CWN.org - JAKARTA, Indonesia - Thousands of Indonesia's Muslims took to the streets in protest this week, expressing outrage over the government's refusal to outlaw a moderate Islamic sect.
The protesters are part of an extremist group that attacks Christians and moderate Muslims. Their actions threaten to destroy religious liberty in Indodnesia.
The radical Muslims demonstrate outside Indonesia's presidential palace. Why? Because the government failed to ban a moderate sect of Islam called Ahmadiyah.
The government recently ordered the sect to stop its activities or face up to five years in prison. But that was not enough for these Islamic fundamentalists.
They're called the Islamic Defenders Front - or FPI - and they believe that any religious belief that does not conform to their view of Islam should be outlawed.
Dr. Syafii Anwar, executive director of the International Center for Islam and Pluralism, condemned their actions.
"I don't agree with Ahmadiyah, but our Constitution states that there can be freedom of religious beliefs," he said. "Nobody has the right to persecute and FPI's behavior is against the Universal Declaration of Human Rights."
The group is even more violent against Christians. In recent years the FPI has closed down and even set fire to Christian churches.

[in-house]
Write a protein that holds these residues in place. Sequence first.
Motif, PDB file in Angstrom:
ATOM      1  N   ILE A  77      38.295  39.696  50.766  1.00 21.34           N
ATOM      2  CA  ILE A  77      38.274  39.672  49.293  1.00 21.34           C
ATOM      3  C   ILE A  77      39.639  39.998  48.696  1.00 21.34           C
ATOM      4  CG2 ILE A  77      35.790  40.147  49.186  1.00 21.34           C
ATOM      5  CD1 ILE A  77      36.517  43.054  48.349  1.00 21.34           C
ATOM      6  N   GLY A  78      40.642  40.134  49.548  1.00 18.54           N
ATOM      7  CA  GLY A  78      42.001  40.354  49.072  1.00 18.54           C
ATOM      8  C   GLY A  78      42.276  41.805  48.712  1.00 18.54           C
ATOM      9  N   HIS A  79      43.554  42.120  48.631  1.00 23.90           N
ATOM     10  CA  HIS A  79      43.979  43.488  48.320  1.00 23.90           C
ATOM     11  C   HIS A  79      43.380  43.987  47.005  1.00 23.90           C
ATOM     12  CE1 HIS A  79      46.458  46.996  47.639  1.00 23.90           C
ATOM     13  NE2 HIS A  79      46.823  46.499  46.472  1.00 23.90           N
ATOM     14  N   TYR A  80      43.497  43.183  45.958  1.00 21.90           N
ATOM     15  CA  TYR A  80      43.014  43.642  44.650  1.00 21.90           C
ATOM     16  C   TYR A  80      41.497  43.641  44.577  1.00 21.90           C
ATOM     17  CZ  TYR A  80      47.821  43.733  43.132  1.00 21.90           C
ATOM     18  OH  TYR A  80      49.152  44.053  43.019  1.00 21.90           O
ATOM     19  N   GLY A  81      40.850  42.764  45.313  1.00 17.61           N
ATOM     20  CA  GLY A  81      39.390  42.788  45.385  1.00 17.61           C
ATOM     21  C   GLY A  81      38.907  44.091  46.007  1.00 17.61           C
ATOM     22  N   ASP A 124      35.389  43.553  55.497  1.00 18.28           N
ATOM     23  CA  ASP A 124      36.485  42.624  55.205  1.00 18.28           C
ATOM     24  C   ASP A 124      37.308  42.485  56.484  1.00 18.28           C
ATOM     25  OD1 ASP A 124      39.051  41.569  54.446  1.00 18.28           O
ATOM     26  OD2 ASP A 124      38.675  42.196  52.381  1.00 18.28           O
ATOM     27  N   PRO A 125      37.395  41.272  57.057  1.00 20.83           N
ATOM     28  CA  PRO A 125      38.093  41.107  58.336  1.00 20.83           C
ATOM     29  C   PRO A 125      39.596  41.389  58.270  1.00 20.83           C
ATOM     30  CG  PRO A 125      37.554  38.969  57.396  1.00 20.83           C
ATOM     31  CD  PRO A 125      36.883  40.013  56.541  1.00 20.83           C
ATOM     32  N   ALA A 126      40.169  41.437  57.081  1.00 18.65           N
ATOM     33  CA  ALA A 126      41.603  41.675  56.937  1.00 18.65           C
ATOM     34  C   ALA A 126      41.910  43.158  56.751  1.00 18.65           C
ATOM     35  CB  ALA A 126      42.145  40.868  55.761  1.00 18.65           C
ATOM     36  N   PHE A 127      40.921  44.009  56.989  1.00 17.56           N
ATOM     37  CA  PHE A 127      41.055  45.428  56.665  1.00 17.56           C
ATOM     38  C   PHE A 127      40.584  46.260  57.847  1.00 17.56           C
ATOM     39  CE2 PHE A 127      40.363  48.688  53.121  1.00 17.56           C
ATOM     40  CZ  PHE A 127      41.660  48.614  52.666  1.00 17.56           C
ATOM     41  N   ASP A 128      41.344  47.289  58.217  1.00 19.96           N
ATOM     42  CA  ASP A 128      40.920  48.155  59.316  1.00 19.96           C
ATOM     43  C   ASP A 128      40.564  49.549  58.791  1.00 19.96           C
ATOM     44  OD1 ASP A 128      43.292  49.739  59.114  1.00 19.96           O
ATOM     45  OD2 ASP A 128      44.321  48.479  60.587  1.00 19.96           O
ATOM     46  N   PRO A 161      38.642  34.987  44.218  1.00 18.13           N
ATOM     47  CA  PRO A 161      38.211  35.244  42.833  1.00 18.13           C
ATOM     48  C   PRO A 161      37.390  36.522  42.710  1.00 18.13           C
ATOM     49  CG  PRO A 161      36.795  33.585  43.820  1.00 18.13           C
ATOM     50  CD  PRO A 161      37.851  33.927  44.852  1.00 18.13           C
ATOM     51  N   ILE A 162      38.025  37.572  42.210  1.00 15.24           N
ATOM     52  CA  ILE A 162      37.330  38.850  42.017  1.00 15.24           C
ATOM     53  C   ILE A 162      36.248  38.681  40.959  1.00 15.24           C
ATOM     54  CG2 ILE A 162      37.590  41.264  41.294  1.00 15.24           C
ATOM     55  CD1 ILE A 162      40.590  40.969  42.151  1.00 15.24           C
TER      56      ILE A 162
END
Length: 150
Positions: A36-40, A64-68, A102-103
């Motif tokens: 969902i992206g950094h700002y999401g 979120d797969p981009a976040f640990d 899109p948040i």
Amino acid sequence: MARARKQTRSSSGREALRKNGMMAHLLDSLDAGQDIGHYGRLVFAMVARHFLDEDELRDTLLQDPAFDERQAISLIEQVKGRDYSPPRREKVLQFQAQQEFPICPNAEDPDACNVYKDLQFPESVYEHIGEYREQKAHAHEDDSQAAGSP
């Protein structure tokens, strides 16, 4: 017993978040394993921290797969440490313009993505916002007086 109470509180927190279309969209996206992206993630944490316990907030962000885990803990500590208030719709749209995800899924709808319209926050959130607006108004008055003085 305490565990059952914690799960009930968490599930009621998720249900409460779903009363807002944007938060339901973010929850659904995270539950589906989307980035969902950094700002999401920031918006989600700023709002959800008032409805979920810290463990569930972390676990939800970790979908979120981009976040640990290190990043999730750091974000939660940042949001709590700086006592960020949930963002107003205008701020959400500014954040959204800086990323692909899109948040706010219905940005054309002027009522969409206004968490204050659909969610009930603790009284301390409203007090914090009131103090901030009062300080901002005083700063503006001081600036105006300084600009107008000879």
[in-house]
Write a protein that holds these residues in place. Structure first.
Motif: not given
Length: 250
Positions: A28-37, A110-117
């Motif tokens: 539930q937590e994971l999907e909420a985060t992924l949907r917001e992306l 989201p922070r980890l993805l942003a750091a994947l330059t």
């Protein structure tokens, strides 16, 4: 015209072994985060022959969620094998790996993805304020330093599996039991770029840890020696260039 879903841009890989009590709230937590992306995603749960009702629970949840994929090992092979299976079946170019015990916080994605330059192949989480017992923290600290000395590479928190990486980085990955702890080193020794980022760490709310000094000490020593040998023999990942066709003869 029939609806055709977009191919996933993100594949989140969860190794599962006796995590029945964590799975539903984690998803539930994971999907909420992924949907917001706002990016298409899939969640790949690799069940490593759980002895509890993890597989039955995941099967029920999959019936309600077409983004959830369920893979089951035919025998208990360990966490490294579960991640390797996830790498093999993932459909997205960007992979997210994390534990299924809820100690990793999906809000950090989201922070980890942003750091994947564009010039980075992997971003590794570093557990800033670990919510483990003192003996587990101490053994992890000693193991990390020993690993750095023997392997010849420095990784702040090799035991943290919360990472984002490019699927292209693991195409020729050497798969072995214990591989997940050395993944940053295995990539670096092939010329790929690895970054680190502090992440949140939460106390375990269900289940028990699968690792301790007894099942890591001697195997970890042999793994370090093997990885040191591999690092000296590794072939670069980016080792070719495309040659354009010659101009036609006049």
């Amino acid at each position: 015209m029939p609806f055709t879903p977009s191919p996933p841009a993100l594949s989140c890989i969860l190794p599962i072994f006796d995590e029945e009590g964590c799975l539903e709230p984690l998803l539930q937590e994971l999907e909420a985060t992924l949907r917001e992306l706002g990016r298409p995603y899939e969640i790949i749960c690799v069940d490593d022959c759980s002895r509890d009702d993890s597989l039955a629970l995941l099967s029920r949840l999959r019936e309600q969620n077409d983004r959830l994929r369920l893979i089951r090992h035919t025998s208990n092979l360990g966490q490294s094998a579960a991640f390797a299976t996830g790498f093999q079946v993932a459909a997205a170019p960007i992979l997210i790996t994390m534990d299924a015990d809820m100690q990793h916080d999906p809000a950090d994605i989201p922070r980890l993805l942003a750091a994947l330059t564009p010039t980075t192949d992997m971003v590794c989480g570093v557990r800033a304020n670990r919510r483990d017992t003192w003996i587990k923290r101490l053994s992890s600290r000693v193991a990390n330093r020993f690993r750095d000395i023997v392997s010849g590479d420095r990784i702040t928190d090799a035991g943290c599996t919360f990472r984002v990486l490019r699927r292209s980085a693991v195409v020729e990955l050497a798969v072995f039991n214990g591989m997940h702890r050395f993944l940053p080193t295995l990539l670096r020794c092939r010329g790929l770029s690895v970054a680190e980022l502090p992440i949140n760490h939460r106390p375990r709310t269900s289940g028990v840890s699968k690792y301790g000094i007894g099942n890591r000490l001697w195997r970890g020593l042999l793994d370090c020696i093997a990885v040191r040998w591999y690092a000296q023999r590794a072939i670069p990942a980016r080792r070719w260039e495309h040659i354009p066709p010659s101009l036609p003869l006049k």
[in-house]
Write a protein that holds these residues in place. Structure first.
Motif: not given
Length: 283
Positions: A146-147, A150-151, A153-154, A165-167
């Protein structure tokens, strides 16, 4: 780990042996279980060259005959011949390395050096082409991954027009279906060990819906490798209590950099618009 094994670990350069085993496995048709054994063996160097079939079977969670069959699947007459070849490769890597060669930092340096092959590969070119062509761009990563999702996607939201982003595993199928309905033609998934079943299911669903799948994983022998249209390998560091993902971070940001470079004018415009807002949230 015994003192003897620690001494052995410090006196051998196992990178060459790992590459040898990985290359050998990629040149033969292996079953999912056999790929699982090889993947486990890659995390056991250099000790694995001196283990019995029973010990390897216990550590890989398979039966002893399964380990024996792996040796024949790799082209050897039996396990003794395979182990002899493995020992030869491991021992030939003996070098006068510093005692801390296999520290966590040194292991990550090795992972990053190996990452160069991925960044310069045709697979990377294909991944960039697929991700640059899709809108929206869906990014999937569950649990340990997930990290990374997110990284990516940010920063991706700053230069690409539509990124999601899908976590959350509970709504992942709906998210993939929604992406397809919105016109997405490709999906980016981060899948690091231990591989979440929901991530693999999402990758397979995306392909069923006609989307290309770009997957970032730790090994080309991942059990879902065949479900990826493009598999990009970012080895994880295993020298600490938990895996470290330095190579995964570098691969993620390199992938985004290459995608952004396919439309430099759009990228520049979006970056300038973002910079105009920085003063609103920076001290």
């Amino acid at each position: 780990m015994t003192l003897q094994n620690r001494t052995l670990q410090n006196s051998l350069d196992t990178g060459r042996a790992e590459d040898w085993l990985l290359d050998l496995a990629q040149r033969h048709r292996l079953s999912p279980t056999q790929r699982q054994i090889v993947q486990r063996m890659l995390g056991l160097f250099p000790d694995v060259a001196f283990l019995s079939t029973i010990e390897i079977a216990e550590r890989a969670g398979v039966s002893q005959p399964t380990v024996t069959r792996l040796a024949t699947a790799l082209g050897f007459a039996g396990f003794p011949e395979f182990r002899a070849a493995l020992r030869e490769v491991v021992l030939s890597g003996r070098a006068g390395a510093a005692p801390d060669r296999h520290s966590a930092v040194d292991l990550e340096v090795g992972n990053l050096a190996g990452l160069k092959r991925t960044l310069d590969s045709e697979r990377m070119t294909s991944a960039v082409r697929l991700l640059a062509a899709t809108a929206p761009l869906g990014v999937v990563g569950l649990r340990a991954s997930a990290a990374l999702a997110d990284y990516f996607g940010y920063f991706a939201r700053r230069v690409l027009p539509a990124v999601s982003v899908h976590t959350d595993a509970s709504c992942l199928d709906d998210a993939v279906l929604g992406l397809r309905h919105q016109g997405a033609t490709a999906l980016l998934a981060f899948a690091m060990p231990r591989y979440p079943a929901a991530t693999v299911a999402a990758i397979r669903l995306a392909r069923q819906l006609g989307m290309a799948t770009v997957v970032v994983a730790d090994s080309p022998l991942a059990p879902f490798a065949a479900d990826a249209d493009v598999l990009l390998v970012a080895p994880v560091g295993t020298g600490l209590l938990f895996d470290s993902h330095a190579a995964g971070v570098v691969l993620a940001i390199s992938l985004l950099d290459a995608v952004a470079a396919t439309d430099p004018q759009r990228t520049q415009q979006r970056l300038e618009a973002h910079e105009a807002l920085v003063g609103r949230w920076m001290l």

They've also attacked Christians with stones and have caused them to be imprisoned,
Sunday School teachers Etty, Ratna and Rebekka were put in jail for two years after they were falsely accused of converting Muslim children to Christianity.
The FPI became even more controversial after its members burned and destroyed mosques of the Ahmadiyah sect because their beliefs differ from mainstream Islamic teaching.
The group even attacked a peaceful rally promoting religious tolerance in the country.
Senny Manafe is public relations officer of the Arastamar Bible School. The FPI attacked the school several times last year. He says the group is bad not only for Christians, but is hurting the whole country.
"What FPI is doing is against the law therefore it is going against the government," he said. "Our government should stop the FPI from doing jihad. The businessmen leave the country because there is no peace and unity."
But for now, the Indonesian government appears to be bowing to the wishes of this radical group.
"I believe the President is pressured because of the coming elections," Dr. Anwar said. "Those in government are supported by Islamic parties. FPI is capitalizing on political issues threatening them that they will not vote for them if Ahmadiyah is not banned."
Even though the government has called on the FPI to stop its attacks against other religious groups, it remains to be seen if the authorities will take real action against Islamic extremists to protect religious freedom in Indonesia.
Indonesia's constitution guarantees religious freedom for five faiths: Islam, Roman Catholicism, Protestantism, Hinduism, and Buddhism.
However, Indonesia has more Muslims than any other nation in the world. More than 90 percent of its 240 million people practice Islam.
*Original broadcast June 13, 2008.